Evolution and Evangelical Compromise — John MacArthur
Evolution was invented in order to eliminate the God of Genesis and thereby to oust the Lawgiver and obliterate the inviolability of His law. Evolution is simply the latest means our fallen race has devised in order to suppress our innate knowledge and the biblical testimony that there is a God and that we are accountable to Him (cf. Romans 1:28). By embracing evolution, modern society aims to do away with morality, responsibility, and guilt. Society has embraced evolution with such enthusiasm because people imagine that it eliminates the Judge and leaves them free to do whatever they want without guilt and without consequences.
The evolutionary lie is so pointedly antithetical to Christian truth that it would seem unthinkable for evangelical Christians to compromise with evolutionary science in any degree. But during the past century and a half of evolutionary propaganda, evolutionists have had remarkable success in getting evangelicals to meet them halfway. Remarkably, many modern evangelicals…have already been convinced that the Genesis account of creation is not a true historical record. Thus they have not only capitulated to evolutionary doctrine at its starting point, but they have also embraced a view that undermines the authority of Scripture at its starting point.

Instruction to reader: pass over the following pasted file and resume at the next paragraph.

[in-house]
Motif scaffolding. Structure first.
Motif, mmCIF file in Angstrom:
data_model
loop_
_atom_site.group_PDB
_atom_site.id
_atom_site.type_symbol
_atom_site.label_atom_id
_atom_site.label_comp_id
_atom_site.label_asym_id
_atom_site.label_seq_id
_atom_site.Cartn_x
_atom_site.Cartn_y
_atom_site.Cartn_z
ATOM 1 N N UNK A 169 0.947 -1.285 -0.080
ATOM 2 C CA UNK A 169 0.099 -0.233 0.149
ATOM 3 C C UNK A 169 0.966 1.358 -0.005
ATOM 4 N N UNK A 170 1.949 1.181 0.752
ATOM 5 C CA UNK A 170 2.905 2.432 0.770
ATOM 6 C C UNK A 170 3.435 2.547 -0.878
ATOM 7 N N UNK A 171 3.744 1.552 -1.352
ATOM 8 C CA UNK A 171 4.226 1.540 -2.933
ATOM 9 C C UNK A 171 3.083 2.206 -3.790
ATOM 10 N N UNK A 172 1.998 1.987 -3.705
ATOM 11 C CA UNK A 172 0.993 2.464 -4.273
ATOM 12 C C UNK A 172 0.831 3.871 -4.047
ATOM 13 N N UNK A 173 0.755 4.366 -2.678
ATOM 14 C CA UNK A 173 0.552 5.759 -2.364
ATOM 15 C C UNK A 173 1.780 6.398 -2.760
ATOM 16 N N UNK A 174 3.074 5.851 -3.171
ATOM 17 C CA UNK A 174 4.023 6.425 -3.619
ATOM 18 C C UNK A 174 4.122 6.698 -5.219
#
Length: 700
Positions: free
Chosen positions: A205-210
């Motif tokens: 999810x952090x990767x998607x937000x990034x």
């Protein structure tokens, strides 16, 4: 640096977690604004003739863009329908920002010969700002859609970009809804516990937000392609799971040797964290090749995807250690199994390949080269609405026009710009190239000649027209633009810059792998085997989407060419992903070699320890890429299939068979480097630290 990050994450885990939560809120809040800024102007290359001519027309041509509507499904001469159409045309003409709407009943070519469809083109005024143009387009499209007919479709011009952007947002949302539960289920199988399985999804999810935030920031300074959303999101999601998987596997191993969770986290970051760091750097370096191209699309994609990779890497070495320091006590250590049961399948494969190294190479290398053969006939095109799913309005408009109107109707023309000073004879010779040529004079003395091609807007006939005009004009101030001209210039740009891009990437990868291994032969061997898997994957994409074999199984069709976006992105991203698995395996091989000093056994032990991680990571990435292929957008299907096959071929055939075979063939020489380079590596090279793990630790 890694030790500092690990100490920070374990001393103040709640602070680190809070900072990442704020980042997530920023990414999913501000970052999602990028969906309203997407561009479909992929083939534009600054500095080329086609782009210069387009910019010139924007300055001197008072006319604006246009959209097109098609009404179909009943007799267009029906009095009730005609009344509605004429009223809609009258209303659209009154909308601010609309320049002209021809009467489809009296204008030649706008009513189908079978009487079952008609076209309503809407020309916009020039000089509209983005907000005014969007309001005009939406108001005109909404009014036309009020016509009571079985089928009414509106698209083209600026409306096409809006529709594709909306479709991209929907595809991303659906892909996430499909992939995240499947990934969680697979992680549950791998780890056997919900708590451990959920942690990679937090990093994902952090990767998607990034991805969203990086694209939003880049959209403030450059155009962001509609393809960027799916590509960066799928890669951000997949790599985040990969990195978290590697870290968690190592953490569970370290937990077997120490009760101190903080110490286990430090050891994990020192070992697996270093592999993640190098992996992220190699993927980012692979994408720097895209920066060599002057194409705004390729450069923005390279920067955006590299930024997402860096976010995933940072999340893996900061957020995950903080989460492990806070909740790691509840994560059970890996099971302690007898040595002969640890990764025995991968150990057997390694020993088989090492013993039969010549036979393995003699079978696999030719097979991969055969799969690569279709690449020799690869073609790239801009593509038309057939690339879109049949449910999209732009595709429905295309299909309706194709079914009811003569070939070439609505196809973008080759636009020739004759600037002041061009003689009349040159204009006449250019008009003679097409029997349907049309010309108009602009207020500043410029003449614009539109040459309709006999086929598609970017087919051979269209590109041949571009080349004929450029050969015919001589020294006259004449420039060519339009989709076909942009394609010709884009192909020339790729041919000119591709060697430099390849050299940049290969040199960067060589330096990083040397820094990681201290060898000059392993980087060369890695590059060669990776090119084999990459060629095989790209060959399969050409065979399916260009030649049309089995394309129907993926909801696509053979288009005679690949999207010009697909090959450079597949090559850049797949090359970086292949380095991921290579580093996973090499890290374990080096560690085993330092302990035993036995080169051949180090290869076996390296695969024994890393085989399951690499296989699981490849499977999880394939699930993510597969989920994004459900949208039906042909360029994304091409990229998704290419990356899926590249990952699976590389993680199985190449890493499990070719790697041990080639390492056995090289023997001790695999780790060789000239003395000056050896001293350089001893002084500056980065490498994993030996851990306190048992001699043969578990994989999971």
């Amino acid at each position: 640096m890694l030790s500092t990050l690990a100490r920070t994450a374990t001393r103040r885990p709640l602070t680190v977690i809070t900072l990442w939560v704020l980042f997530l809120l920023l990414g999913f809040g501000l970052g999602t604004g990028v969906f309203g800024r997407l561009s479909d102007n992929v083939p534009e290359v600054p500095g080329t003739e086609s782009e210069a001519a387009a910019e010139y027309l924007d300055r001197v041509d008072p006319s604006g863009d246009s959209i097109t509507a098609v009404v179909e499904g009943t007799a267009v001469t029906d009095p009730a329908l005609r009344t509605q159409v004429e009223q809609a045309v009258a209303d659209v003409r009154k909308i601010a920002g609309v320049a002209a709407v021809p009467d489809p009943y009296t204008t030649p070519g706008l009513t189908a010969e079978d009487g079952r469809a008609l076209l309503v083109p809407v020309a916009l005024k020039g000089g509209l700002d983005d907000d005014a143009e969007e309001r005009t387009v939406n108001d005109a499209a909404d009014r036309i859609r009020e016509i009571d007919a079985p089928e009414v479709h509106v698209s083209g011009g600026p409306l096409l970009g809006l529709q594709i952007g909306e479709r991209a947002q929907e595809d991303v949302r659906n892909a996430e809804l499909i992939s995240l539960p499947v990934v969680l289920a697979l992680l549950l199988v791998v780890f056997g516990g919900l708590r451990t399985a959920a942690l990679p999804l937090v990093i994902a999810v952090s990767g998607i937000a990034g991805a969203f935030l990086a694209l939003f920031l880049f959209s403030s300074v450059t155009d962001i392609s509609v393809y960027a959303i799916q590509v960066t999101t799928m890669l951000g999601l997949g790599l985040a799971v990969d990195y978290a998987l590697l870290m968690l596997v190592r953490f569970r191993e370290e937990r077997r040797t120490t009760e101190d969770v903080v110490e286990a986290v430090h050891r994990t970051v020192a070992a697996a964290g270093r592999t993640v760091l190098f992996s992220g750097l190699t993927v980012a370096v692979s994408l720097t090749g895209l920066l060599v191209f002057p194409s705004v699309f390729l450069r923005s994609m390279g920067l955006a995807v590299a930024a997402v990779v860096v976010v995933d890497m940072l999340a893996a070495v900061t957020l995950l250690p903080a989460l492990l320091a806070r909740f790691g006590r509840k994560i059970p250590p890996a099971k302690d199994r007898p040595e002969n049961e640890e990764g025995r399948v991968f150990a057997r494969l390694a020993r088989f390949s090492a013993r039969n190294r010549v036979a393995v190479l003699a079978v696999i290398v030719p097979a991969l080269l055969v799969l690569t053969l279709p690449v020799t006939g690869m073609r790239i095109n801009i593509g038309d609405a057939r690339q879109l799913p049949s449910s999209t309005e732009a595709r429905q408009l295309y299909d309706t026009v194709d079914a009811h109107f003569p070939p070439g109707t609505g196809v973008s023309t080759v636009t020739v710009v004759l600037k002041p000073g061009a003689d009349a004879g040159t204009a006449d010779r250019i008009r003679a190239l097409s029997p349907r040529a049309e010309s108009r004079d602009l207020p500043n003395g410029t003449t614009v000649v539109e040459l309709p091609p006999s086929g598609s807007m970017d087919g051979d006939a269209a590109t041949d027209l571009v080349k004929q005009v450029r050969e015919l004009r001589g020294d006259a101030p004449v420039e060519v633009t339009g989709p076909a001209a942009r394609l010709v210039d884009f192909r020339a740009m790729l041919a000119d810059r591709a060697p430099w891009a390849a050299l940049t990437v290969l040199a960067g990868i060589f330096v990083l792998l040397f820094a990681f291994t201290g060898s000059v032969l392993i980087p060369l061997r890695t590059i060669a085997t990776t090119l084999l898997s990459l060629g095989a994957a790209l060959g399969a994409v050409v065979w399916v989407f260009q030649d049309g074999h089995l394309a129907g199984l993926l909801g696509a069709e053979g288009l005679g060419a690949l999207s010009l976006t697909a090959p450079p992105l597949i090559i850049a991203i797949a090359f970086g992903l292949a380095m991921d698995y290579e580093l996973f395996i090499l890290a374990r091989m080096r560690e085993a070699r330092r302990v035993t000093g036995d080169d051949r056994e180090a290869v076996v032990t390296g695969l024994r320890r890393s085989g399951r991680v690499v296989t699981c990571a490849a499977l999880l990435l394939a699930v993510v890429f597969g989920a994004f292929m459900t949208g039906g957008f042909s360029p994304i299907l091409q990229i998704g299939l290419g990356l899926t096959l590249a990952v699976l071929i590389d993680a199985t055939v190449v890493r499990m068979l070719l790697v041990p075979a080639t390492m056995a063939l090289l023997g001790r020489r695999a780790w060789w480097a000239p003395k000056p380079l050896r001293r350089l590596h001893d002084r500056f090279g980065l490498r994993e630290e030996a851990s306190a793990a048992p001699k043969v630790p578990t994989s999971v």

So-called theistic evolutionists who try to marry humanistic theories of modern science with biblical theism may claim they are doing so because they love God, but the truth is that they love God a little and their academic reputations a lot. By undermining the historicity of Genesis they are undermining faith itself. Give evolutionary doctrine the throne and make the Bible its servant, and you have laid the foundation for spiritual disaster.
Scripture, not science, is the ultimate test of all truth. And the further evangelicalism gets from that conviction, the less evangelical and more humanistic it becomes.
John MacArthur, The Battle for the Beginning (Nashville: Thomas Nelson Inc., 2001), pp. xxv., xxvi. (Reprinted here by permission from Thomas Nelson. All rights reserved.)